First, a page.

Wednesday, February 20, 2013
Lawsuit Seeks to Put Sherlock Holmes in the Public Domain
To author and scholar Leslie Klinger, it’s elementary: the characters of Sherlock Holmes and John H. Watson are solidly in the public domain, and should be free for creators to use in new works. But after recent efforts by the Arthur Conan Doyle Estate to extract license fees, Klinger (who is also a lawyer) filed suit in federal court last week against the estate, asking the court to declare that the famous characters of Holmes and Watson are no longer protected by federal copyright laws.
In a statement, Klinger says that the litigation became necessary after the Doyle estate attempted to extract a license fee for a new book he was co-editing, In the Company of Sherlock Holmes (Pegasus Books) with author Laurie R. King, the bestselling author of the "Mary Russell" series of mysteries that also feature Sherlock Holmes. “The Conan Doyle Estate contacted our publisher and implied that if the Estate wasn't paid a license fee, they'd convince the major distributors not to sell the book,” he stated. “Our publisher was, understandably, concerned, and told us that the book couldn't come out unless this was resolved.”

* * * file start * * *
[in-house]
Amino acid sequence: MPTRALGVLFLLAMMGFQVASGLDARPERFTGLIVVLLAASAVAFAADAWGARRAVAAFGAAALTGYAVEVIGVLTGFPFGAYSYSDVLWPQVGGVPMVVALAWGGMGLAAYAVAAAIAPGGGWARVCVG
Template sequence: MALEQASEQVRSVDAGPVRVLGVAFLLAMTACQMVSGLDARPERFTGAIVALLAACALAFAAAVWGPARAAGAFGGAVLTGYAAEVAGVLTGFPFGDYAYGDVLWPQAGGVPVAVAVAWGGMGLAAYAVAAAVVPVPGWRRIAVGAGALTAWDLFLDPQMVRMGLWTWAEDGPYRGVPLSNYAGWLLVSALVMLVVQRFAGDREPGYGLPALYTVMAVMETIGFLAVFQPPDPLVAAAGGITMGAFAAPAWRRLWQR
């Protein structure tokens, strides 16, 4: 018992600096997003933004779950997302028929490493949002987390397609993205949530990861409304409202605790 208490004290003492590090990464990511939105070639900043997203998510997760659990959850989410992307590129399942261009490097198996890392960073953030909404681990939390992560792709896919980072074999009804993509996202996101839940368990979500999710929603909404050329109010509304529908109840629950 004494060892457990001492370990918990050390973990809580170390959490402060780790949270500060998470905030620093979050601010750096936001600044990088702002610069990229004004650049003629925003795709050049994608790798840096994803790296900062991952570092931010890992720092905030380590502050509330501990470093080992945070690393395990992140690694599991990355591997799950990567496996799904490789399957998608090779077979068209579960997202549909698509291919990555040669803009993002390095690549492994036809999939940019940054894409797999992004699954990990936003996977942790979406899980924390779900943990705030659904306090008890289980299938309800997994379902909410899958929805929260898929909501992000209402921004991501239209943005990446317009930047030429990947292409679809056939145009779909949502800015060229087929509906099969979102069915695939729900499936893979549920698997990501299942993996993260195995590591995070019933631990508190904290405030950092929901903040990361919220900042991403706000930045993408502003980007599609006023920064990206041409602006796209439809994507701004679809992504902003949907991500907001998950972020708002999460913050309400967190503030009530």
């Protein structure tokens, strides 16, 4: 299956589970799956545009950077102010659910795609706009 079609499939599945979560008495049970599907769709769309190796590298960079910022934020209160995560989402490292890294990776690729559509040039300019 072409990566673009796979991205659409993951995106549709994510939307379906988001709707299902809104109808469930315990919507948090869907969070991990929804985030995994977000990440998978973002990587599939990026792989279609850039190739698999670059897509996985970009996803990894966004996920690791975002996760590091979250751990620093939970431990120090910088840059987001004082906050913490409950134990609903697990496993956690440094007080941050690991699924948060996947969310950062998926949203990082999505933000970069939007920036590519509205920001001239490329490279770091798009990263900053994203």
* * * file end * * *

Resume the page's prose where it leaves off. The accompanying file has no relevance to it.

Klinger says he is aiming to put an end to such threats, for his own work, as well as for others.
“In practice, major creators, such as Warner Bros. and CBS, have found it more cost-effective to pay a license fee rather than to challenge the Estate’s position,” Klinger told PW. “Similarly, our previous publisher, Random House, believed that it was cheaper to pay than to fight. Fighting means legal fees and delays, antithetical to big businesses. But I believe that it’s time that someone takes this case to court.”
Klinger readily admits that roughly 10 of Conan Doyle’s Holmes stories remain under U.S. copyright protection. But roughly 50 other stories featuring the famous characters are in the public domain, and that is enough, he says, to firmly establish the famous characters as public domain as well.
The case is somewhat unusual, in that the Doyle estate has not sued for infringement—it has merely sought to use its standing as Doyle’s representative to extract license fees. “We are seeking a declaration that the characters are in the public domain,” Klinger says. “The Estate has not historically filed infringement suits, because, I believe, the Estate is concerned that the courts will find that the Estate has no such right. Instead, the Estate has relied on threats.” But that practice, Klinger says, amounts to unfair intimidation, thus Klinger’s proactive suit to free Sherlock Holmes.